A few years ago my sister and I bought my dad a panini maker for Father's Day. My mom worried that it would never get put to use, but we make the warm pressed sandwiches at least once a week and she is the one who is always begging for more! If you don't have a panini maker you can still make this a pressed sandwich by placing another heavy pan on top of the sandwich, pressing down with a can of tomatoes or a bottle of wine (I've used this technique many times when I lived in Spain). Add a quick chopped salad, a glass of red wine, or pita chips and hummus and you can have yourself a little Mediterranean par-tee. Bread, melted cheese, olives, could delicious be described any more simply? Check out the recipe and, read more
Okay, now what's wrong with this picture from the South Beach Wine and Food Festival party? Go on take a good look.
Here we have Top Chef winner Ilan Hall, Gail Simmons, Sam Talbot and Tom Colicchio hanging out at the Food & Wine magazine after party. Have you figured it out? I'll give you a hint it has to do with attire. No it's not that Sam is looking under-dressed (although you have to admit that he is), it's that Ilan looks like he's spending his Top Chef winnings on fancy suits and bling!
In fact the folks over at snack spotted Ilan getting on to the plane for Miami and have put together their breakdown of Ilan's attire choices, including a $12,000 diamond encrusted watch.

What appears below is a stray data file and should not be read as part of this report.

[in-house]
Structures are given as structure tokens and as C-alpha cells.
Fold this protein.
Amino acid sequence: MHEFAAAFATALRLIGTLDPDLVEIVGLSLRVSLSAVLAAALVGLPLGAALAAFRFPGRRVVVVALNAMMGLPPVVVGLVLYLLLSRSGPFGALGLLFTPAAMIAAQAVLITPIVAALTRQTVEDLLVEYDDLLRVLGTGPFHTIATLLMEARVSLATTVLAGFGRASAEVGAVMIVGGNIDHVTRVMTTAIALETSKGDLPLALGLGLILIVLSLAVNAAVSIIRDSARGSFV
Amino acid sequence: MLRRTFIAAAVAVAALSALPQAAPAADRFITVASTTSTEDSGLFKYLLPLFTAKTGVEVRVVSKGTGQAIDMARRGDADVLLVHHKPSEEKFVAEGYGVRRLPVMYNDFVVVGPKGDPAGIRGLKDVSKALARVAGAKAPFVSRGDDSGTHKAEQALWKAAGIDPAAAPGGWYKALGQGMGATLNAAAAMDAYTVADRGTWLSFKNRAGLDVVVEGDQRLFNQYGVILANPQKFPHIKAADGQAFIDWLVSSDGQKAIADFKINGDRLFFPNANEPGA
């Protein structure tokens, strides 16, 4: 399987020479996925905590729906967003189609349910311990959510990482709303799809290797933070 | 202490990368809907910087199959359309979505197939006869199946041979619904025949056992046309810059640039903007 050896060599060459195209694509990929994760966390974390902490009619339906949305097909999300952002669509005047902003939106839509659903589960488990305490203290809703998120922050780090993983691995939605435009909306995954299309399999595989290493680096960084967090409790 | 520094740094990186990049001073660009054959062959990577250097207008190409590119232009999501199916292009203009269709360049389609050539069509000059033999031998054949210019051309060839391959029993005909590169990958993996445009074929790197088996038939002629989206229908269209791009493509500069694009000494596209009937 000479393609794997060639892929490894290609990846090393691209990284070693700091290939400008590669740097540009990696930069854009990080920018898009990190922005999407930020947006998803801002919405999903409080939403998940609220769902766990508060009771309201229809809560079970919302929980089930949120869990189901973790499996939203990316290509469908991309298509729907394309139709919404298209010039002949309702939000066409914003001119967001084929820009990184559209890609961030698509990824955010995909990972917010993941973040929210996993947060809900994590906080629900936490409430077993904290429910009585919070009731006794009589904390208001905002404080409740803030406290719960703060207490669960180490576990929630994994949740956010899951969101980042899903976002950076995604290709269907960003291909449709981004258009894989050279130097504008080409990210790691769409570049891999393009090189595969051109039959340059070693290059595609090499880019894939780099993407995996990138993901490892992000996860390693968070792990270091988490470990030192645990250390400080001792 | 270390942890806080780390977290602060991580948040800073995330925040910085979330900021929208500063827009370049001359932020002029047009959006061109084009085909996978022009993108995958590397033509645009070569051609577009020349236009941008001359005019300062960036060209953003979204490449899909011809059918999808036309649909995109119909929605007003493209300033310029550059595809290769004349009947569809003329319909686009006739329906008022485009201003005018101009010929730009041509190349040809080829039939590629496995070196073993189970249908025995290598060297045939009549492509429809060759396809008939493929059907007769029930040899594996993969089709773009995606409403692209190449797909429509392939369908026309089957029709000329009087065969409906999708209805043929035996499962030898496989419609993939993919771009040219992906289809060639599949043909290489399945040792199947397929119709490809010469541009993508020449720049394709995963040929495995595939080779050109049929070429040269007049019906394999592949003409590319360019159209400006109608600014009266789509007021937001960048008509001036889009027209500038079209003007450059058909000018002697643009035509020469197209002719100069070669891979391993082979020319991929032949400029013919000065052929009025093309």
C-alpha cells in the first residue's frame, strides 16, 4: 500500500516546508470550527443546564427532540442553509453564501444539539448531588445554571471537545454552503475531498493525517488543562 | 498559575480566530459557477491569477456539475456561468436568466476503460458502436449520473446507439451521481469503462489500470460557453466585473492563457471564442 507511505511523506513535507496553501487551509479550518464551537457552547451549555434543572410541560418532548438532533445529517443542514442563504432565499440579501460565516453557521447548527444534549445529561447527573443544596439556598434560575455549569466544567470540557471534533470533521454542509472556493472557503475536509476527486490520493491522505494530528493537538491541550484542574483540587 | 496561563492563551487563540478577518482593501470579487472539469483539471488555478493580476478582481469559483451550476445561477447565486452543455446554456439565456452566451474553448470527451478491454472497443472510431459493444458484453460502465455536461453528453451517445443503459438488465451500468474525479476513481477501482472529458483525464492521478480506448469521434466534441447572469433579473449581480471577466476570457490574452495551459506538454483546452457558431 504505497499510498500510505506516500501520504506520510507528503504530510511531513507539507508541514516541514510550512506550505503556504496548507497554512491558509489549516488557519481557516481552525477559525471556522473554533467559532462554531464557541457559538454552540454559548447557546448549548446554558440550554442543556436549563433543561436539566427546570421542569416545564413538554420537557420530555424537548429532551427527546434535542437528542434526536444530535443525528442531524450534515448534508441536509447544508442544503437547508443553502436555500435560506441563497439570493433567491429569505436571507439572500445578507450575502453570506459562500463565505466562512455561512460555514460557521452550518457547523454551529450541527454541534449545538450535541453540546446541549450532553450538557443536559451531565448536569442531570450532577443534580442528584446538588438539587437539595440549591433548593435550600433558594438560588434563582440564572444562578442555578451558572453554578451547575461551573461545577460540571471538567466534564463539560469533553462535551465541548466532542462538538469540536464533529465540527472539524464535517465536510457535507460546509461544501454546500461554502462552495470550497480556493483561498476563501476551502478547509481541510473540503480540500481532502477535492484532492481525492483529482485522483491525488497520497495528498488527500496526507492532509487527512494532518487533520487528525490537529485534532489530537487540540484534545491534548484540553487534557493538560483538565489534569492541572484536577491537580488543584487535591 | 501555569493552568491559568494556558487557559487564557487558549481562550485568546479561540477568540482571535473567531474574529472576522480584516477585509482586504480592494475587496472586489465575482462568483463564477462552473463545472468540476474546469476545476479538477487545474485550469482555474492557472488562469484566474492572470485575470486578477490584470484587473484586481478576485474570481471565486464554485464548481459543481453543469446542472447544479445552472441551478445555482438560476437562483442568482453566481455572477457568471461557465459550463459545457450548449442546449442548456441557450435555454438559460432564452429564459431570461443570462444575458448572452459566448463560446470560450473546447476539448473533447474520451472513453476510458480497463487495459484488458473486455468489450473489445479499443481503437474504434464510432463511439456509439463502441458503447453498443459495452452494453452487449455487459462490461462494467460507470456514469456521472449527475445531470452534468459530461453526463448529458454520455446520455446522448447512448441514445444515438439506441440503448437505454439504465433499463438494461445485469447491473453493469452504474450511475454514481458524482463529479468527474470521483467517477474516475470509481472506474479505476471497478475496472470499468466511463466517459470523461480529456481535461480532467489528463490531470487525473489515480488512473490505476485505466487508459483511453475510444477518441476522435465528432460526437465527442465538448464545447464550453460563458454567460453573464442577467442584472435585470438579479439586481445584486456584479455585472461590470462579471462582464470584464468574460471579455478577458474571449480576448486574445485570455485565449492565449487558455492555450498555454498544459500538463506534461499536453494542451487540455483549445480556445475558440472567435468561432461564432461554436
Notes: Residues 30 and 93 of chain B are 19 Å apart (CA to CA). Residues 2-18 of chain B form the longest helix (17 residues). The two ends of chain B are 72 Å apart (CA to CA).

Moncler black vest: $375
Pink shoe laces for white Nikes: $4
Louis Vuitton duffel bag: $1,100
Louis Vuitton white belt with candy-colored logo:$350
Patek Philippe Aquanaut Luce watch in pure white (with diamonds): $11,950
To check out more pictures of our favorite Top Chef crew partying the night away, read more
After I graduated from Cal, I was scared by the thought that my education was officially over until I realized that while my school education was over I would never stop learning. Now instead of having to study subjects required of me I could study what ever I wanted: cooking, baking, current events, tennis, and knitting. In January I decided to further my admiration for the culinary world and fully understand wine. To aid in my quest for wine knowledge I am forming (and challenging you to do so with me readers!) a wine club that will meet monthly to discover, taste, and appreciate a distinct varietal of wine. I've made post card invitations (post card invites are great because you save money on postage!) that can easily be customized on my computer each month, planned a small, simple menu of savory and sweet appetizers to pair with the wine we will be tasting, and organized the tasting. Now I am envisioning the look of the wine club so read more